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I got into collecting old radios and TV sets back when I was a young teenager. When I was in college, I ran a TV sales and repair business out of my apartment. Most of the sets I worked on were from the CTC-10 through CTC-40 era. I've always had a warm spot in my heart for color roundies, probably because of the great memories I had in college.
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  #29  
Old 09-28-2015, 03:24 PM
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Sandy G Sandy G is offline
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I have, what is undoubtedly, the 1st TV in town. Its my unassuming 1948 7" Admiral "1911A11" bakelite set. The old guy who owned the theater in town had it, he also ran a shop where he fixed radios, & his daughter ran the theater for YEARS after his death. My Uncle told me that he had a place fixed up on a hill outside of town, w/AC power, & an antenna, & during the summer months, he'd tote the Admiral up there, & he & his buddies would try to pick up WSB or WAGA out of Atlanta, & catch a baseball game on it. I never got an Atlanta station up there, but, I picked up everything else.. At least 2 or 3 network feeds, a BUNCH of PBS stations, & all kinds of indie UHF stuff. I took a JVC CX-500 US "All-in-Wonder" 4.5" color set up there a BUNCH of times.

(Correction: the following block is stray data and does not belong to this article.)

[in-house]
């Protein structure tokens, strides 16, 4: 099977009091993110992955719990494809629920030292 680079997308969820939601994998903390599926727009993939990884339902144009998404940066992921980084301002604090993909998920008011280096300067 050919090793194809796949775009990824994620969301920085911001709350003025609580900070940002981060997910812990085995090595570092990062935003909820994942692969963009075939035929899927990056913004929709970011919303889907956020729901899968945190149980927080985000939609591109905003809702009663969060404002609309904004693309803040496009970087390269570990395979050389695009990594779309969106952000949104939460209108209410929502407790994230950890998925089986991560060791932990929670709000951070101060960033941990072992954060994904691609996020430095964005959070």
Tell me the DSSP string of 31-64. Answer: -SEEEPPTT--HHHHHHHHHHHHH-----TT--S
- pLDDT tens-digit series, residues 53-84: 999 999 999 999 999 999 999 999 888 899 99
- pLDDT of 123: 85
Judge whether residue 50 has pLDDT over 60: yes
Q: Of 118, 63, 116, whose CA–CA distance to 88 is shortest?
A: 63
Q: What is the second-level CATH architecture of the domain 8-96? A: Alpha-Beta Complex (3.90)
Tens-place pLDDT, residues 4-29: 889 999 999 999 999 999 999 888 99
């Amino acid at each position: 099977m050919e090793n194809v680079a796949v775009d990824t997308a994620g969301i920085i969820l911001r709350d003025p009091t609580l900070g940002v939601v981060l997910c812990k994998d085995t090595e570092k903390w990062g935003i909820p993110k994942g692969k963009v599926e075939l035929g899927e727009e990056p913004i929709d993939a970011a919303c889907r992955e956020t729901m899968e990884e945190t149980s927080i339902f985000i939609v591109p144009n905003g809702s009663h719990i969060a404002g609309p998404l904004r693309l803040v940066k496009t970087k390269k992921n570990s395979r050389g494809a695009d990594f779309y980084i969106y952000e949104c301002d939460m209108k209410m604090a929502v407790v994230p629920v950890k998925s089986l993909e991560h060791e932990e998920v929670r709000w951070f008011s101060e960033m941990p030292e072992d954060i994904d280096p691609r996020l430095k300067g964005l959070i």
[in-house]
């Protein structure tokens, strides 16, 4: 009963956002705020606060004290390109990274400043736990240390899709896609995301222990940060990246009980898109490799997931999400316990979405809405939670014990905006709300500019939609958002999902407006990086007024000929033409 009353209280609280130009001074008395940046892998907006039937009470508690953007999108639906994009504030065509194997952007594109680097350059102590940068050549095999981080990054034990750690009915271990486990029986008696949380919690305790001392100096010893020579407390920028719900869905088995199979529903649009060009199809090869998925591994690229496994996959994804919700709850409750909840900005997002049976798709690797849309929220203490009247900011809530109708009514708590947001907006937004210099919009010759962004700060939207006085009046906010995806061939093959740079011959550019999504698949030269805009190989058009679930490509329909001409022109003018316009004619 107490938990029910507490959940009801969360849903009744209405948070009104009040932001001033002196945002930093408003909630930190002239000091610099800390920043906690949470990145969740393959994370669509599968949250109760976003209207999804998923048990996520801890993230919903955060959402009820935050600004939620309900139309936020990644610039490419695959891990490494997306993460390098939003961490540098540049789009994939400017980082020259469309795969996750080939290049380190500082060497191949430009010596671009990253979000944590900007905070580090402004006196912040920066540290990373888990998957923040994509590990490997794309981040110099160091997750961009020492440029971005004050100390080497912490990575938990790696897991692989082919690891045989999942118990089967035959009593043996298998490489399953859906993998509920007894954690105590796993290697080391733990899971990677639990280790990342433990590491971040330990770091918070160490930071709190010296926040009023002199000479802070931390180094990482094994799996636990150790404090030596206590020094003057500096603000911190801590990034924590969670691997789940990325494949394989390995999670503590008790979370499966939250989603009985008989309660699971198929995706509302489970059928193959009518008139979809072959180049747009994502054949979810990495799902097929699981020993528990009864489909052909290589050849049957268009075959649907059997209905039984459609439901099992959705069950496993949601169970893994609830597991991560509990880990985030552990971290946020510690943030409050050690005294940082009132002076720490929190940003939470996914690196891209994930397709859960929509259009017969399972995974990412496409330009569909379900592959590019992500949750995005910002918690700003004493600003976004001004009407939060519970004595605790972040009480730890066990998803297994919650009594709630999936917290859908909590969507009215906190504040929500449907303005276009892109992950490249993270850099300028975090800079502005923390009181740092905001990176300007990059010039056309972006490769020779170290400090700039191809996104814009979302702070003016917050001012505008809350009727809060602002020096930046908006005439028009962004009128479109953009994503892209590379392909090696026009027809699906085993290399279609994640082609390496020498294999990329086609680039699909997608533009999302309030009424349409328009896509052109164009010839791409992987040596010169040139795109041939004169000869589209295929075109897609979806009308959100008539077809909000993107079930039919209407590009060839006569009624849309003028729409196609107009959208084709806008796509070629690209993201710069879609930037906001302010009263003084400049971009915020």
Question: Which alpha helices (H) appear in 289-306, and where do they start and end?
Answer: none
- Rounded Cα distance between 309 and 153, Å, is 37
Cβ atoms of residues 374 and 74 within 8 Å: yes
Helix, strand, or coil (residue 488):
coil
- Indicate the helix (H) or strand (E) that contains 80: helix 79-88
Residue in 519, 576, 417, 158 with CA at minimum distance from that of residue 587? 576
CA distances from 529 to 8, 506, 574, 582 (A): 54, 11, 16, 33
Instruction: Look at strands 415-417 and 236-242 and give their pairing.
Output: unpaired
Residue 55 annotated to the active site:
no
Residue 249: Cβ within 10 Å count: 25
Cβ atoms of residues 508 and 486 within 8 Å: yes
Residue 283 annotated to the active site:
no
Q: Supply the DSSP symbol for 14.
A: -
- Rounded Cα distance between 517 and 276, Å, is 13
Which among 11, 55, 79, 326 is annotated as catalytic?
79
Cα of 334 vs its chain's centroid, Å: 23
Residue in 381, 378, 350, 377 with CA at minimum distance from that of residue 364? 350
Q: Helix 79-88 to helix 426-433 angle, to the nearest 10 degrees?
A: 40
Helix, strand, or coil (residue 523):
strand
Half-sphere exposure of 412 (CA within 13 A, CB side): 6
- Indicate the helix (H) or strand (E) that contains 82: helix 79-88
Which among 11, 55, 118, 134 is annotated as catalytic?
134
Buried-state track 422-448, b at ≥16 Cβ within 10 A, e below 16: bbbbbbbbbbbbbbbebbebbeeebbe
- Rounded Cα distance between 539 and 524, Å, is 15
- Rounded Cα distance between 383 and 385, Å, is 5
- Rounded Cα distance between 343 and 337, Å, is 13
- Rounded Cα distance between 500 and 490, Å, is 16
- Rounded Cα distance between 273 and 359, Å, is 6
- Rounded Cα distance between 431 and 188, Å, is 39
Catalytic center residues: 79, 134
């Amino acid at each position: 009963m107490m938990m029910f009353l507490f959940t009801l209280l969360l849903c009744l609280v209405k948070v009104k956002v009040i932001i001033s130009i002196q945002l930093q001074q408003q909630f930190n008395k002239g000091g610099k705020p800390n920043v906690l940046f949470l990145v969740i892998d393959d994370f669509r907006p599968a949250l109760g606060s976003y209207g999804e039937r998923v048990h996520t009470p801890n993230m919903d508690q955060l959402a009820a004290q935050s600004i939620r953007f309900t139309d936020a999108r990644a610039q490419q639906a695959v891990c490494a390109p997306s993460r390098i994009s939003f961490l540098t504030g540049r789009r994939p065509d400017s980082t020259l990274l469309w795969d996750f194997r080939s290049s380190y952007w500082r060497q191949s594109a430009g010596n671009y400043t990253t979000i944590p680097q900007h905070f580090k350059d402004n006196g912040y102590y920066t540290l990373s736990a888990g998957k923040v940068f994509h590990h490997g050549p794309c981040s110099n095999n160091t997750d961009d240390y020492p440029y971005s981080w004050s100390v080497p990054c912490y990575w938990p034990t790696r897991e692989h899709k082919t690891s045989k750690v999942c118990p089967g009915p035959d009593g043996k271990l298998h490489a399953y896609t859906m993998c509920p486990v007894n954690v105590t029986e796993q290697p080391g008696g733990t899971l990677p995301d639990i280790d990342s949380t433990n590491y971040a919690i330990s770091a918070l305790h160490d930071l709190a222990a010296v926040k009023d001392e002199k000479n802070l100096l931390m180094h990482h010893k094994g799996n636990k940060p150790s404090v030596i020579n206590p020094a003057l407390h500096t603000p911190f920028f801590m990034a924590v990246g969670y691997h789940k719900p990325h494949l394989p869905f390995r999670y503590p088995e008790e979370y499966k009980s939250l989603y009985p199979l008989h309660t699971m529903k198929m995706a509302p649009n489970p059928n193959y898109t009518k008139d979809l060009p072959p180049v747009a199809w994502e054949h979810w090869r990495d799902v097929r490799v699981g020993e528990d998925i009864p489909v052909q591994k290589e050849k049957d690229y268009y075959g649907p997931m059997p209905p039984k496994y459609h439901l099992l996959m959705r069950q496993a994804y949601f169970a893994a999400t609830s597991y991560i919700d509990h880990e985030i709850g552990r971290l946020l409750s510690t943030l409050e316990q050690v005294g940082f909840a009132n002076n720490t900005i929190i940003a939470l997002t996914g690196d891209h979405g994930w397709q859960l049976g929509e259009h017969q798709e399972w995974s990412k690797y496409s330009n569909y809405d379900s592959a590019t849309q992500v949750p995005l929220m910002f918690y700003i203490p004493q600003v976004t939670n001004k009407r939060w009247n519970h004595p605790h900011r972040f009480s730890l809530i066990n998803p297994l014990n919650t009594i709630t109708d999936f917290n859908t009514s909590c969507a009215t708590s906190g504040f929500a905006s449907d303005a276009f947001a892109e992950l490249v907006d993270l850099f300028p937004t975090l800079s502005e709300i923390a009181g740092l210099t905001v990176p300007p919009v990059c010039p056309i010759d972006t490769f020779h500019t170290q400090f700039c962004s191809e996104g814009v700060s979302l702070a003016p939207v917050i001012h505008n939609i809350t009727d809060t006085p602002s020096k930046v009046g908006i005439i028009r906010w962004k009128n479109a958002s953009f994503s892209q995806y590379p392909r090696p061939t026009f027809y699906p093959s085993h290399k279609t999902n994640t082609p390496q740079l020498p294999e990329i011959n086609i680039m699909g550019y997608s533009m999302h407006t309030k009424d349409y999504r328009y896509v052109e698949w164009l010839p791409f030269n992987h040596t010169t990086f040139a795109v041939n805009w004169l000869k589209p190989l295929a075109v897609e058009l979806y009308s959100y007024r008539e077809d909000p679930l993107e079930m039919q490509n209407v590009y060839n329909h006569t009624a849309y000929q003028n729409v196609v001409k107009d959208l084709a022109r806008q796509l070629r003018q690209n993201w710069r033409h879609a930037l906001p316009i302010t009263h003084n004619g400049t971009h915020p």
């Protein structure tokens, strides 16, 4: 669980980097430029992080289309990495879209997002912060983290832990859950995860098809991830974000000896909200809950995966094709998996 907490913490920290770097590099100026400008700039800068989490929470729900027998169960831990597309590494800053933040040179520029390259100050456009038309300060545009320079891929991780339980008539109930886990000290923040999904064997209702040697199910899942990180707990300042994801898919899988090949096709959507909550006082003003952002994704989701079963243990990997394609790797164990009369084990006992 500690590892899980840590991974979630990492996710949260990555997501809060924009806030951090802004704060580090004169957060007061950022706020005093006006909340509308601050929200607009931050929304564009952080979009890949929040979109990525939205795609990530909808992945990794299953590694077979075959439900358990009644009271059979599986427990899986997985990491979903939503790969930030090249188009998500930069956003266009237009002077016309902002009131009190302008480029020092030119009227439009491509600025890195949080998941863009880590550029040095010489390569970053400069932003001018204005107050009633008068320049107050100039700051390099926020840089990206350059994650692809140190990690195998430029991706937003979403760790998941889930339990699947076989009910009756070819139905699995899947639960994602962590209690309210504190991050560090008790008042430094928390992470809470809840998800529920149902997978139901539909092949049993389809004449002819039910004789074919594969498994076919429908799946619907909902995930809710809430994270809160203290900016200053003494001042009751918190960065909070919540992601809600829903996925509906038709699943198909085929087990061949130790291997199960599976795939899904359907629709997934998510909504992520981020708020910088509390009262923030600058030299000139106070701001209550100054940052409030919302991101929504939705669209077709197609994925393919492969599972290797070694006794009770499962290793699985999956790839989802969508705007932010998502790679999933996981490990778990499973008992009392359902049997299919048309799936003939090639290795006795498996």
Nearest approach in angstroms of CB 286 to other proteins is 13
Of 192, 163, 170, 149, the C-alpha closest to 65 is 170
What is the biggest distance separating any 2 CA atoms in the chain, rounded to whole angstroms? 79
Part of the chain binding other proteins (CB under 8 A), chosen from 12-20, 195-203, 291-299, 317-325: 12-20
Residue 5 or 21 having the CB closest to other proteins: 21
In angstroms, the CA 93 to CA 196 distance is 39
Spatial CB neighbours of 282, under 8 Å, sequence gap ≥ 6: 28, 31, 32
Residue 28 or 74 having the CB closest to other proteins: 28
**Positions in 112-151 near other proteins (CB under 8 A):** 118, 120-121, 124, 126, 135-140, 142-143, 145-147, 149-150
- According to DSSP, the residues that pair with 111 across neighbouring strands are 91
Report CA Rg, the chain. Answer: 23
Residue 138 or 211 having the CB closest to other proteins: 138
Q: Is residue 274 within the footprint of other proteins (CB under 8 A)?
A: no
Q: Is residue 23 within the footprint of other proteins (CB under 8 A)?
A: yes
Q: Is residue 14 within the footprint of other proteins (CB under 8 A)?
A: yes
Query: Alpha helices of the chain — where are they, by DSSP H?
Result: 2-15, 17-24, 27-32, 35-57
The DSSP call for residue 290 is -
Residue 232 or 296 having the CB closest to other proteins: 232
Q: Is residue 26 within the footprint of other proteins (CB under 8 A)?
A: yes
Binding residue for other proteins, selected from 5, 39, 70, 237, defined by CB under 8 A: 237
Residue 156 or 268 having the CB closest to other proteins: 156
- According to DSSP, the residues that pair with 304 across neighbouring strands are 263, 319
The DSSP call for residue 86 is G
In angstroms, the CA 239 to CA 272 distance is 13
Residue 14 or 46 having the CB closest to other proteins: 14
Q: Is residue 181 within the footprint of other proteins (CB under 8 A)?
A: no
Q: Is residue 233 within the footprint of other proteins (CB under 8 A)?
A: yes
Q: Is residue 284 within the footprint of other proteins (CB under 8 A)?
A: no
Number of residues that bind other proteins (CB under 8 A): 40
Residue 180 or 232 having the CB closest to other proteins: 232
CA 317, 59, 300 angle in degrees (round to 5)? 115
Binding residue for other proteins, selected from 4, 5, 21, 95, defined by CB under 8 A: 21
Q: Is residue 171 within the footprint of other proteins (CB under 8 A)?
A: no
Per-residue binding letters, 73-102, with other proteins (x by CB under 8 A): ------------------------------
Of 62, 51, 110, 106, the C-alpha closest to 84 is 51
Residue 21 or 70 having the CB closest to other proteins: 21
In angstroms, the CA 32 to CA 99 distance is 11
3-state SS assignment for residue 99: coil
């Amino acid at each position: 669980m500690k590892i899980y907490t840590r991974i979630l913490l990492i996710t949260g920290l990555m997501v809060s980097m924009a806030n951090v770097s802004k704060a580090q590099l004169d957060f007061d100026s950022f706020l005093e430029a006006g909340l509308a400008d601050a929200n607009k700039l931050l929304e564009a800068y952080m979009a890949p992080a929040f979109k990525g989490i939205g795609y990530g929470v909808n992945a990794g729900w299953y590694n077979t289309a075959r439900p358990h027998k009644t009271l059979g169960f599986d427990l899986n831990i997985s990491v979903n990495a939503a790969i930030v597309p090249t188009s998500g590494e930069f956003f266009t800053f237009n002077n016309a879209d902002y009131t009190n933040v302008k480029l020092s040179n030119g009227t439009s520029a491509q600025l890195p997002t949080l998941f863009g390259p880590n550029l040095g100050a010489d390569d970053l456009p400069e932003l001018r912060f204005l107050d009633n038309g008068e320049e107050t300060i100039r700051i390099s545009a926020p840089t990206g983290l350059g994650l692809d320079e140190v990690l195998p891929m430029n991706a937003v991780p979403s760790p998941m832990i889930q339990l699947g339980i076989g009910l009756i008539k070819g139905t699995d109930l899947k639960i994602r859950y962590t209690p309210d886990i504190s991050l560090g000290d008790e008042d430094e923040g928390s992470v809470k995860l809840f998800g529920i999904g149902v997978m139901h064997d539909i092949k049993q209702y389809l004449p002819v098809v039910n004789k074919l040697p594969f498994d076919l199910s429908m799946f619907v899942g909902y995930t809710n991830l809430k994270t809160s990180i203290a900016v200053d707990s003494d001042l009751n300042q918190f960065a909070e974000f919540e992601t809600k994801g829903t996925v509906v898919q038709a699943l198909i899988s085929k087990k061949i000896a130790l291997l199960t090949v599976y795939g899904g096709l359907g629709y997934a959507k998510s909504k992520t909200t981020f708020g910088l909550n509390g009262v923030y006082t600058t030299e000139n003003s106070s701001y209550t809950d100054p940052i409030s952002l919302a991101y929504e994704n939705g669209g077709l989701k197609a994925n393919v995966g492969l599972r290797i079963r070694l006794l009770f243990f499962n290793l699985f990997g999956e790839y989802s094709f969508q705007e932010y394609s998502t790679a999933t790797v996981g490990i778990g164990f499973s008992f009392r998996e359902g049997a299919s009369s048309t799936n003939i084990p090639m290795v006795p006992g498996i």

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  #30  
Old 09-28-2015, 04:51 PM
sweitzel sweitzel is offline
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I'm 40 and used to collect all sorts of things: vintage computers, vintage radios, cameras, records, audio processors, and film projectors and prints. I read this site because I really am not in a position to start collecting vintage televisions. As my dear wife so eloquently put it a number of years ago: "You really need to choose one thing to collect or things are really going to get out of control" She was right. I sold most of the computers except one (Apple Lisa), and sold a lot of my cameras, and sold my vintage radios (except one a Zenith 8S463) and chose focus collecting my projectors and prints. It really made my hobby fun as having so many other things just distracted from one another. I like "collecting" televisions virtually through the discussions on this site and in real life am building a cinema on my property to someday install the projectors and platters and audio racks and have my own place to watch my films.